UNITED STATES v. POETZ

Reset A A Font size: Print

United States Court of Appeals,Seventh Circuit.

UNITED STATES of America, Plaintiff-Appellee, v. Suzanne POETZ, Defendant-Appellant.

No. 09-2359.

Decided: October 09, 2009

Before MANION, SYKES, and TINDER, Circuit Judges. Michelle L. Jacobs, Attorney (argued), Jonathan H. Koenig, Attorney, James L. Santelle, Attorney, Office of the United States Attorney Milwaukee, WI, for Plaintiff-Appellee. Robert J. Dvorak, Attorney (argued), Halling & Cayo, Milwaukee, WI, for Defendant-Appellant.

Suzanne Poetz pleaded guilty to theft of government property in violation of 18 U.S.C. § 641.   Her advisory sentencing guidelines range was 24 to 30 months, and the district court sentenced her to imprisonment of a year and a day.   Poetz argues on appeal that her sentence is unreasonable because the judge did not adequately consider her medical problems or the impact of incarceration on her family, which in her view warranted a sentence of home confinement.

We affirm.   The district judge's failure to specifically mention the impact of incarceration on Poetz's family does not require resentencing.   The judge took evidence and heard argument on this point over the course of several sentencing hearings, and the totality of the record demonstrates that the judge implicitly considered and rejected it.   The judge also gave ample consideration to Poetz's medical issues in imposing a below-guidelines prison sentence.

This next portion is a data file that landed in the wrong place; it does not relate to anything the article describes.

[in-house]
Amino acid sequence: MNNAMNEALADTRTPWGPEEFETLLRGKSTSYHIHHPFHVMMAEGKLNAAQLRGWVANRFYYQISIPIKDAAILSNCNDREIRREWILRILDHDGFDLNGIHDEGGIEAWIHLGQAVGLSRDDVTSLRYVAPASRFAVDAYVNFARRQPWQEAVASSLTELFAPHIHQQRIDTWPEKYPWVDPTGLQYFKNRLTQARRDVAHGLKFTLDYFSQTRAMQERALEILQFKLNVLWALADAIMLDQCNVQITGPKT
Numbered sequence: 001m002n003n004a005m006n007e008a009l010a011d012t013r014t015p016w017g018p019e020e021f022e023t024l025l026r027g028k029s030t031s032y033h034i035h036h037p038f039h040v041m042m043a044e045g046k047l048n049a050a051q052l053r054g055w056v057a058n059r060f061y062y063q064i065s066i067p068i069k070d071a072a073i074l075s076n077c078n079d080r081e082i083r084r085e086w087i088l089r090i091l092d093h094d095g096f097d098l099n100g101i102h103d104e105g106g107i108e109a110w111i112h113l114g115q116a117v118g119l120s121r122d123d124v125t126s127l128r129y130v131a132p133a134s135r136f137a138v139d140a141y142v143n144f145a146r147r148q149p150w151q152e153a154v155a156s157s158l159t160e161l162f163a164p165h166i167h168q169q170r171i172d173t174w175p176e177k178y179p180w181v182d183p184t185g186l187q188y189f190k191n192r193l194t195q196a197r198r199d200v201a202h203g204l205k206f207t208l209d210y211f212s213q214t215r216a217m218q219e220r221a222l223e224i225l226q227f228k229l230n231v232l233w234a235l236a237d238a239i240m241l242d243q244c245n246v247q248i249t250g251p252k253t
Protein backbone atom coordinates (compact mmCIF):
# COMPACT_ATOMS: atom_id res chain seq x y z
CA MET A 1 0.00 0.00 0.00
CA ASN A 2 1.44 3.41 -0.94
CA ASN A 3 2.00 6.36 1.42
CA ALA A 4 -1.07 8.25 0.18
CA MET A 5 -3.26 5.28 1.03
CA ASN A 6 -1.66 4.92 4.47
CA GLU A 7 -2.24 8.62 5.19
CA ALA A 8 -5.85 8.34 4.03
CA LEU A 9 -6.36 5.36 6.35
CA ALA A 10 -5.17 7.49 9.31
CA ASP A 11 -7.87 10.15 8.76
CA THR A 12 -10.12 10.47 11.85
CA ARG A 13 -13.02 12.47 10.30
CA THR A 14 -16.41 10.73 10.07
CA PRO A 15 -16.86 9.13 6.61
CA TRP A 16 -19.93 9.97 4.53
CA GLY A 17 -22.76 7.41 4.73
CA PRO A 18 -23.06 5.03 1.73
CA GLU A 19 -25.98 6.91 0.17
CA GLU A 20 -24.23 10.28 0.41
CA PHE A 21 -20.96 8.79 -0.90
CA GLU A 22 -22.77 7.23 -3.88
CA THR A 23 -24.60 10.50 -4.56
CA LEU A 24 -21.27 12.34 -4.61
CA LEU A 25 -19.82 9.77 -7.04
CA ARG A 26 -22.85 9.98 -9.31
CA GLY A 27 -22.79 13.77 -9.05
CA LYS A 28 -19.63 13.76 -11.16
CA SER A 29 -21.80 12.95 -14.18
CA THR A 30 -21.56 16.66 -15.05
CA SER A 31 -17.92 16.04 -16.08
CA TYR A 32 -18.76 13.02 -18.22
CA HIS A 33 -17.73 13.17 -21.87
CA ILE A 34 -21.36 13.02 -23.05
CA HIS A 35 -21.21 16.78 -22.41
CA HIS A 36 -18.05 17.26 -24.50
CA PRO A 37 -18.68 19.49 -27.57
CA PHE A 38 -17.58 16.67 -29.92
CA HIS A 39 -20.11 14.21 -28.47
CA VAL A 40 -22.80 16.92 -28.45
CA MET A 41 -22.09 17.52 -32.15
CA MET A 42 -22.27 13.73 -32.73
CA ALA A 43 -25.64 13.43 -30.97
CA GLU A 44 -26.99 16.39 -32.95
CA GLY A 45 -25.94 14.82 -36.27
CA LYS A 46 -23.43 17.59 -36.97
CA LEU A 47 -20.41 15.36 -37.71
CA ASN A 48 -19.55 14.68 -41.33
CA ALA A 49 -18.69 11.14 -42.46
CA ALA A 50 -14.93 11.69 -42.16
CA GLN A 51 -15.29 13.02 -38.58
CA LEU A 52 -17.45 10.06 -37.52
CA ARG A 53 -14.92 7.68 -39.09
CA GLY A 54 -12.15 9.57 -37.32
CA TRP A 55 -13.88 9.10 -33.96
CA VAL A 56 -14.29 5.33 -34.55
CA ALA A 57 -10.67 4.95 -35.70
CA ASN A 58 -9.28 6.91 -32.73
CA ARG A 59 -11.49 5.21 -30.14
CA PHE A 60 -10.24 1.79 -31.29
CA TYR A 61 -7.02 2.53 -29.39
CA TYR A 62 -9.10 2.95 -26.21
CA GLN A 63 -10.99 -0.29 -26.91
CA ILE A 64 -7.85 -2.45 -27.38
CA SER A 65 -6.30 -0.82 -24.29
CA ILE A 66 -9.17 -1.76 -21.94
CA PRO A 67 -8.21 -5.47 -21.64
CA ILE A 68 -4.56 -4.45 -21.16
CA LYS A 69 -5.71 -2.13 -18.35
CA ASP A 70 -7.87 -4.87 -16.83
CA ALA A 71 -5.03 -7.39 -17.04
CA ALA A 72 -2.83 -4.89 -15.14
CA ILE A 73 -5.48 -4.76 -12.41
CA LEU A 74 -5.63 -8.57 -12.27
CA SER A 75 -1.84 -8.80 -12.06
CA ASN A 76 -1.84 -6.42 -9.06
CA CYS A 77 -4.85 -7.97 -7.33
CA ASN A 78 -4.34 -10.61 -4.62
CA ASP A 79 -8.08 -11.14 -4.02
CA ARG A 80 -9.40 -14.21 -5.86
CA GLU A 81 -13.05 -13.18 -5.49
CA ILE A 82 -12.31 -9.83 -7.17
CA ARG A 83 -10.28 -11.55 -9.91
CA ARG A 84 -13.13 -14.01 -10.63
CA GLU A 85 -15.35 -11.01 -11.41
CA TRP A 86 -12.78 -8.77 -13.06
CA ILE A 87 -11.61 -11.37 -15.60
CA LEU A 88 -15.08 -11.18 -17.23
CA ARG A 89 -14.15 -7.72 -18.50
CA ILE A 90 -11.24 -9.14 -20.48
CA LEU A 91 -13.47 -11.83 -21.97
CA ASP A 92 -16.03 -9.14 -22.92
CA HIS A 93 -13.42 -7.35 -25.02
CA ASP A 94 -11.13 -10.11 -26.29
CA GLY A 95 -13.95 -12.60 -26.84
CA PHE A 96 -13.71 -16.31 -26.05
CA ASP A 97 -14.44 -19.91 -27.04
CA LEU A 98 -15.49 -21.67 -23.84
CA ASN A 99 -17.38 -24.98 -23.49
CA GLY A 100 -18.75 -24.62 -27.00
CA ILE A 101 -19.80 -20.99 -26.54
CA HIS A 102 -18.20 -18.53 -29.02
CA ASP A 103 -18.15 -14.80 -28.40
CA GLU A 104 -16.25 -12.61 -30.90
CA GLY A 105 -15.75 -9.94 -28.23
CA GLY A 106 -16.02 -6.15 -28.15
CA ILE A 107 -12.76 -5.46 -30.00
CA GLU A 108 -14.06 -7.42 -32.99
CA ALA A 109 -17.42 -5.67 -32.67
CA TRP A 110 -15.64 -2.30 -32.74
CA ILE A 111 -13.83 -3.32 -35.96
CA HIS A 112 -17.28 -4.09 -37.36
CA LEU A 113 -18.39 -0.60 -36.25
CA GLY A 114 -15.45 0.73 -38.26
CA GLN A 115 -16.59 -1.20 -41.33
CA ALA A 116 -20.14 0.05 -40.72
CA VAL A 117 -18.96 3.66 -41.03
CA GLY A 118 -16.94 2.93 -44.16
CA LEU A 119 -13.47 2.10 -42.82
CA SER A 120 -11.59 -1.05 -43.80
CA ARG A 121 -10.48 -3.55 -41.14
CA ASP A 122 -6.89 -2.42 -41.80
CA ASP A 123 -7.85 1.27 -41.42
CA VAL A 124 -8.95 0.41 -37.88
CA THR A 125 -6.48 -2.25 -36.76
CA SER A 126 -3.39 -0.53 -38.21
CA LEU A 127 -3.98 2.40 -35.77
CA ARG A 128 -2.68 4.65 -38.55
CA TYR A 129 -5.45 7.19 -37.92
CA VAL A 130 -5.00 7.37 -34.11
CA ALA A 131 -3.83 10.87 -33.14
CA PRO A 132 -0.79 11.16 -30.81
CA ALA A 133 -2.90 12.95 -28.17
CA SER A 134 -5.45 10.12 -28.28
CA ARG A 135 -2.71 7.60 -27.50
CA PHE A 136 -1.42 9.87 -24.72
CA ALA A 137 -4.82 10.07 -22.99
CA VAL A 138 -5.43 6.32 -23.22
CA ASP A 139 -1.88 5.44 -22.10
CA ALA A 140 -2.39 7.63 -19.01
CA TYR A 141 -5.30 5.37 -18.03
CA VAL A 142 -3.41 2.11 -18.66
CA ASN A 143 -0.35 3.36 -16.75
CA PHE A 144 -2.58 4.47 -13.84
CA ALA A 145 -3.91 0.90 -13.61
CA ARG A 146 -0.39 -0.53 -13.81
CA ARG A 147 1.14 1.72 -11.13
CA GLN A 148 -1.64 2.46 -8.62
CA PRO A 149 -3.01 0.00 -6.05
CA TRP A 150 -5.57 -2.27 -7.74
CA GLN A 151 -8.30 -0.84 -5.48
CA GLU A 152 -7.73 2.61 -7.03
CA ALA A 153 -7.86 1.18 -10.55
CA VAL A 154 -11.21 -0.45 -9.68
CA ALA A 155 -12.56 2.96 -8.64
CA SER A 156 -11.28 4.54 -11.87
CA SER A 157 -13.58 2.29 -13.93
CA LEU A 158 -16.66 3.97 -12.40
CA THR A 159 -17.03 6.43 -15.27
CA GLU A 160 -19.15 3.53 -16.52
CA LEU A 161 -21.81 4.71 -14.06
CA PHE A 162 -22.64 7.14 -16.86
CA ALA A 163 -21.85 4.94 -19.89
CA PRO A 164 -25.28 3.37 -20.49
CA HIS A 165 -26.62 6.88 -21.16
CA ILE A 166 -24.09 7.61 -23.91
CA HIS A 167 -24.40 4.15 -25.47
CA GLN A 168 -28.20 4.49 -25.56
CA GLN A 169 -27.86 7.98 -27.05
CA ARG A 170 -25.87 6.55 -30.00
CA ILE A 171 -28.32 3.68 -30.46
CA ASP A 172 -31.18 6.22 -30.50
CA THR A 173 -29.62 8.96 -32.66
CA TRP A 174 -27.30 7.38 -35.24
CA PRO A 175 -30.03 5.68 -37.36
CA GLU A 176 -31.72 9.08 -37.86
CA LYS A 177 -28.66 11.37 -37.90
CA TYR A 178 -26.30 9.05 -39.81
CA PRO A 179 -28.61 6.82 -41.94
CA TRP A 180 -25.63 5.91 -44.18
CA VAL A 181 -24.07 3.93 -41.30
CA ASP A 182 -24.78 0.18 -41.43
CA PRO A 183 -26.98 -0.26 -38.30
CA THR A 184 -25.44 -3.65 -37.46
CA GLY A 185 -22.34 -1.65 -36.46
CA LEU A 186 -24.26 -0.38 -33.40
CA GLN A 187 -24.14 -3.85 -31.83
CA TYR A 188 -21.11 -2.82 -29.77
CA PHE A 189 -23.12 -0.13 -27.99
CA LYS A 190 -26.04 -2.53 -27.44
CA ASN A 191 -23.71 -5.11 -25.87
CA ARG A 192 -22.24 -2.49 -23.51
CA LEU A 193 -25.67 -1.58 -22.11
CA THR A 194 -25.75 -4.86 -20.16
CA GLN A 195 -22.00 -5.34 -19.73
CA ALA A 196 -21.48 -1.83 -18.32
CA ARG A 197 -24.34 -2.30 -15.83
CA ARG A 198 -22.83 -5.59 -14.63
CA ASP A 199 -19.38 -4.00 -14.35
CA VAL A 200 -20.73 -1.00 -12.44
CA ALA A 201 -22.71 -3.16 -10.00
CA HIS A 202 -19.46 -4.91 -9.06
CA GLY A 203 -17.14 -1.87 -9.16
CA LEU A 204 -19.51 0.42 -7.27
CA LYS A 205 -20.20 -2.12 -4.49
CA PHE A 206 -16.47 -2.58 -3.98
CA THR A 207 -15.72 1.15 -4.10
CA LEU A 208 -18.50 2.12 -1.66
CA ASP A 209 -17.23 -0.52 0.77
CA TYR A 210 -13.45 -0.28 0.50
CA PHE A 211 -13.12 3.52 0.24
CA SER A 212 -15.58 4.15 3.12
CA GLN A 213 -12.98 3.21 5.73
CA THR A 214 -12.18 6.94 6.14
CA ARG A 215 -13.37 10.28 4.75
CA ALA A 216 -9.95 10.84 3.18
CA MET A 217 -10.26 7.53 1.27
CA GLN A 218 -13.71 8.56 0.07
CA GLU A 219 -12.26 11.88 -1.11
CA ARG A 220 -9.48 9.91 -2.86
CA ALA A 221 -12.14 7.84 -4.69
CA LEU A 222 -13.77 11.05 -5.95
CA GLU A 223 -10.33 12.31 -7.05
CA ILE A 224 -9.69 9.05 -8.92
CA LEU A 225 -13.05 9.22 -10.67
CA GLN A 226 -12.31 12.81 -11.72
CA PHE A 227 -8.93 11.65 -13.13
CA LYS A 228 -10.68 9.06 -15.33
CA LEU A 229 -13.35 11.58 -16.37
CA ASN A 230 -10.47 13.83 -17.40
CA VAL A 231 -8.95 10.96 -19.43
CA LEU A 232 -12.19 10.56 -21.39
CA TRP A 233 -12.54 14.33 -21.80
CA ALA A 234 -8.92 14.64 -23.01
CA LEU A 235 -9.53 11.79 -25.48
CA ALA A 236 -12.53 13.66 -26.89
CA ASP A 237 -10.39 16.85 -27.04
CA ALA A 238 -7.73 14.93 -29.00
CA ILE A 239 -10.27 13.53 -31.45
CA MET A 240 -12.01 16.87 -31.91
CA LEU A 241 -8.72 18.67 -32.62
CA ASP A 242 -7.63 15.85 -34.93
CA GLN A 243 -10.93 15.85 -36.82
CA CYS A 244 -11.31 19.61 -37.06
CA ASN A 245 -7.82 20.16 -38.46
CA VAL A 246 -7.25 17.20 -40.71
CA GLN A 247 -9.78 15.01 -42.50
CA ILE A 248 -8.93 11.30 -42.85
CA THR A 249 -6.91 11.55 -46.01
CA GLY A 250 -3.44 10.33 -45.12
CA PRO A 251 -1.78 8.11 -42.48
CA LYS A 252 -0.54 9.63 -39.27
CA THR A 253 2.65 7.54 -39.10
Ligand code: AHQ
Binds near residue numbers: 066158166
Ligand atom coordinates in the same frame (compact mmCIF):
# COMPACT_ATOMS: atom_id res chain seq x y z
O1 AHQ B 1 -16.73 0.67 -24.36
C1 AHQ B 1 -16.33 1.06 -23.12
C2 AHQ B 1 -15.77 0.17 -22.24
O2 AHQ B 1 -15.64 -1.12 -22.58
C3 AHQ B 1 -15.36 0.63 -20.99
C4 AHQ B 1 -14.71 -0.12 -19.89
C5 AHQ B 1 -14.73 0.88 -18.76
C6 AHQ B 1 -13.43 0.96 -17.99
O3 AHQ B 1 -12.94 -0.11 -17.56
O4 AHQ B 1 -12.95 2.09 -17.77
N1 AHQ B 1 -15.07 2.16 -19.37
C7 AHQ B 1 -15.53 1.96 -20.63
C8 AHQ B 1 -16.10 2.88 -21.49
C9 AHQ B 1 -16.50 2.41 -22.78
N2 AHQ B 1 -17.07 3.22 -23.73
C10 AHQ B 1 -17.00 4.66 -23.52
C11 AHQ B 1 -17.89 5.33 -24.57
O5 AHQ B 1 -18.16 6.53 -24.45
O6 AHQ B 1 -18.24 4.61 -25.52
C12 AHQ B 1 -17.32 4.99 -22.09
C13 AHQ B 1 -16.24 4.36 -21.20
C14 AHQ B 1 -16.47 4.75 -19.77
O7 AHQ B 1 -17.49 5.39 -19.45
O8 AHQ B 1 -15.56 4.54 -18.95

I. Background

Suzanne Poetz was a procurement officer at the United States Forestry Service in Milwaukee when she began stealing from her office to support a gambling habit.   Her theft totaled $319,000 over four years.   She pleaded guilty to a scheme of misusing government-issued purchase cards and “convenience checks” in violation of 18 U.S.C. § 641.   Poetz did not dispute her advisory guidelines range of 24-30 months, but instead argued for a sentence of 24 months' home confinement due to her medical problems and those of her family members.

Poetz's sentencing was delayed for over a year.   Her initial sentencing was rescheduled due to her stomach surgery, the rescheduled sentencing was adjourned because she had a seizure in court, and sentencing was delayed again while the Bureau of Prisons (“BOP”) reviewed her medical history at the request of the court.  (Poetz suffers from various gastrointestinal disorders, seizure disorder, several upper respiratory diseases, arthritis, and early onset diabetes.)   After considering two sets of Poetz's medical records, BOP medical staff informed the court that it was capable of providing Poetz with the necessary medical care to treat her various conditions.   Among other evidence presented over the course of several sentencing hearings, Poetz's husband and father-in-law wrote to the court and testified about how they depend on Poetz for supervision and medical care.  (Thomas Poetz, Suzanne's husband, has cardiac and back problems.   Joseph Poetz, his father, also has cardiac problems, as well as diabetes, glaucoma, and cataracts.)   They also explained that Poetz helps supervise her mentally disabled brother.